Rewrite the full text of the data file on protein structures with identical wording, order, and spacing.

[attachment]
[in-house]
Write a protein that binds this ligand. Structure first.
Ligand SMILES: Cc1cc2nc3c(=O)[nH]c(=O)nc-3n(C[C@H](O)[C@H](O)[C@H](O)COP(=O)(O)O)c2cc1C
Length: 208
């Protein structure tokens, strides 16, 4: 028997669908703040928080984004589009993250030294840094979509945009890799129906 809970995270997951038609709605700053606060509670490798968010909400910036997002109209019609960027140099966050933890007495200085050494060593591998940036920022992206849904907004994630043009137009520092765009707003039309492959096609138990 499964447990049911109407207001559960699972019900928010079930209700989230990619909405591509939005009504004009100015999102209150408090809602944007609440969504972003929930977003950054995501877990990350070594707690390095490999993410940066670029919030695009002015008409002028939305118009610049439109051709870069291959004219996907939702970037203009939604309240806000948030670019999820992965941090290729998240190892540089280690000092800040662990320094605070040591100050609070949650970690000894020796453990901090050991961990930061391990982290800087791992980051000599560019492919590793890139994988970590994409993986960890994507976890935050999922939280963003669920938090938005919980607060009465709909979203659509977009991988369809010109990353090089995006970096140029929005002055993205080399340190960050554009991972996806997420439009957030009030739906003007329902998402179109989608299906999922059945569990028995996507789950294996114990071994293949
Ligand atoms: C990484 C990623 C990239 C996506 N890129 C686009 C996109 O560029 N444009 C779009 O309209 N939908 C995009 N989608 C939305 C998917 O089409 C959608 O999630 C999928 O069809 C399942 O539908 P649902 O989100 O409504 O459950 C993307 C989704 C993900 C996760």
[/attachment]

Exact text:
[in-house]
Write a protein that binds this ligand. Structure first.
Ligand SMILES: Cc1cc2nc3c(=O)[nH]c(=O)nc-3n(C[C@H](O)[C@H](O)[C@H](O)COP(=O)(O)O)c2cc1C
Length: 208
């Protein structure tokens, strides 16, 4: 028997669908703040928080984004589009993250030294840094979509945009890799129906 809970995270997951038609709605700053606060509670490798968010909400910036997002109209019609960027140099966050933890007495200085050494060593591998940036920022992206849904907004994630043009137009520092765009707003039309492959096609138990 499964447990049911109407207001559960699972019900928010079930209700989230990619909405591509939005009504004009100015999102209150408090809602944007609440969504972003929930977003950054995501877990990350070594707690390095490999993410940066670029919030695009002015008409002028939305118009610049439109051709870069291959004219996907939702970037203009939604309240806000948030670019999820992965941090290729998240190892540089280690000092800040662990320094605070040591100050609070949650970690000894020796453990901090050991961990930061391990982290800087791992980051000599560019492919590793890139994988970590994409993986960890994507976890935050999922939280963003669920938090938005919980607060009465709909979203659509977009991988369809010109990353090089995006970096140029929005002055993205080399340190960050554009991972996806997420439009957030009030739906003007329902998402179109989608299906999922059945569990028995996507789950294996114990071994293949
Ligand atoms: C990484 C990623 C990239 C996506 N890129 C686009 C996109 O560029 N444009 C779009 O309209 N939908 C995009 N989608 C939305 C998917 O089409 C959608 O999630 C999928 O069809 C399942 O539908 P649902 O989100 O409504 O459950 C993307 C989704 C993900 C996760």